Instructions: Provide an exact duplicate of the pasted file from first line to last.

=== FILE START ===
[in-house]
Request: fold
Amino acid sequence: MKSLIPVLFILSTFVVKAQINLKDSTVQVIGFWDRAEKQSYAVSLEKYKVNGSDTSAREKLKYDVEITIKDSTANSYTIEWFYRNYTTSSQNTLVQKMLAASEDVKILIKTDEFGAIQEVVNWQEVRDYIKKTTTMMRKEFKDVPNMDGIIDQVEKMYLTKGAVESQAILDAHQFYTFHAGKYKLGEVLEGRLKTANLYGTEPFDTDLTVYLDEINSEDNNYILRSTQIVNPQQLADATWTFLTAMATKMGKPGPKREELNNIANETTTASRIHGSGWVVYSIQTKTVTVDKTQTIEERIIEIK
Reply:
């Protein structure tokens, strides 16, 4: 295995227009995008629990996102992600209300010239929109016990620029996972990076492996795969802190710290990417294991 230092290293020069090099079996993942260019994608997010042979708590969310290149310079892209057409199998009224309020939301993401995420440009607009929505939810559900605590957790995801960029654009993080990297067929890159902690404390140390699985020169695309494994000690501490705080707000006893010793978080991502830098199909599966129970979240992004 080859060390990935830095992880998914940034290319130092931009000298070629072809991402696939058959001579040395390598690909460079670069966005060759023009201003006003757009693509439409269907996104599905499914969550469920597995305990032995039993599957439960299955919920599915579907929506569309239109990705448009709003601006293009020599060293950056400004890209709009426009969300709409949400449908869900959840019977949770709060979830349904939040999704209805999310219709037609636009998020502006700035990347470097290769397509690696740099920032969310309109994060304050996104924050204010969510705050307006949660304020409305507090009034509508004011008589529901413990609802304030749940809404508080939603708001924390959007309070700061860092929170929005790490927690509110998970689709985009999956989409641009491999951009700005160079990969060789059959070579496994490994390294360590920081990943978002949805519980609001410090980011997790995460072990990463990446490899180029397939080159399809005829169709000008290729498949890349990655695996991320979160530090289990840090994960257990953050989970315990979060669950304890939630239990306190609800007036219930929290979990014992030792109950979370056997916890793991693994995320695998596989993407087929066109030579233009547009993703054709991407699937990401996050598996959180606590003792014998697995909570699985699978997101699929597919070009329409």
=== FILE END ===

[in-house]
Request: fold
Amino acid sequence: MKSLIPVLFILSTFVVKAQINLKDSTVQVIGFWDRAEKQSYAVSLEKYKVNGSDTSAREKLKYDVEITIKDSTANSYTIEWFYRNYTTSSQNTLVQKMLAASEDVKILIKTDEFGAIQEVVNWQEVRDYIKKTTTMMRKEFKDVPNMDGIIDQVEKMYLTKGAVESQAILDAHQFYTFHAGKYKLGEVLEGRLKTANLYGTEPFDTDLTVYLDEINSEDNNYILRSTQIVNPQQLADATWTFLTAMATKMGKPGPKREELNNIANETTTASRIHGSGWVVYSIQTKTVTVDKTQTIEERIIEIK
Reply:
């Protein structure tokens, strides 16, 4: 295995227009995008629990996102992600209300010239929109016990620029996972990076492996795969802190710290990417294991 230092290293020069090099079996993942260019994608997010042979708590969310290149310079892209057409199998009224309020939301993401995420440009607009929505939810559900605590957790995801960029654009993080990297067929890159902690404390140390699985020169695309494994000690501490705080707000006893010793978080991502830098199909599966129970979240992004 080859060390990935830095992880998914940034290319130092931009000298070629072809991402696939058959001579040395390598690909460079670069966005060759023009201003006003757009693509439409269907996104599905499914969550469920597995305990032995039993599957439960299955919920599915579907929506569309239109990705448009709003601006293009020599060293950056400004890209709009426009969300709409949400449908869900959840019977949770709060979830349904939040999704209805999310219709037609636009998020502006700035990347470097290769397509690696740099920032969310309109994060304050996104924050204010969510705050307006949660304020409305507090009034509508004011008589529901413990609802304030749940809404508080939603708001924390959007309070700061860092929170929005790490927690509110998970689709985009999956989409641009491999951009700005160079990969060789059959070579496994490994390294360590920081990943978002949805519980609001410090980011997790995460072990990463990446490899180029397939080159399809005829169709000008290729498949890349990655695996991320979160530090289990840090994960257990953050989970315990979060669950304890939630239990306190609800007036219930929290979990014992030792109950979370056997916890793991693994995320695998596989993407087929066109030579233009547009993703054709991407699937990401996050598996959180606590003792014998697995909570699985699978997101699929597919070009329409």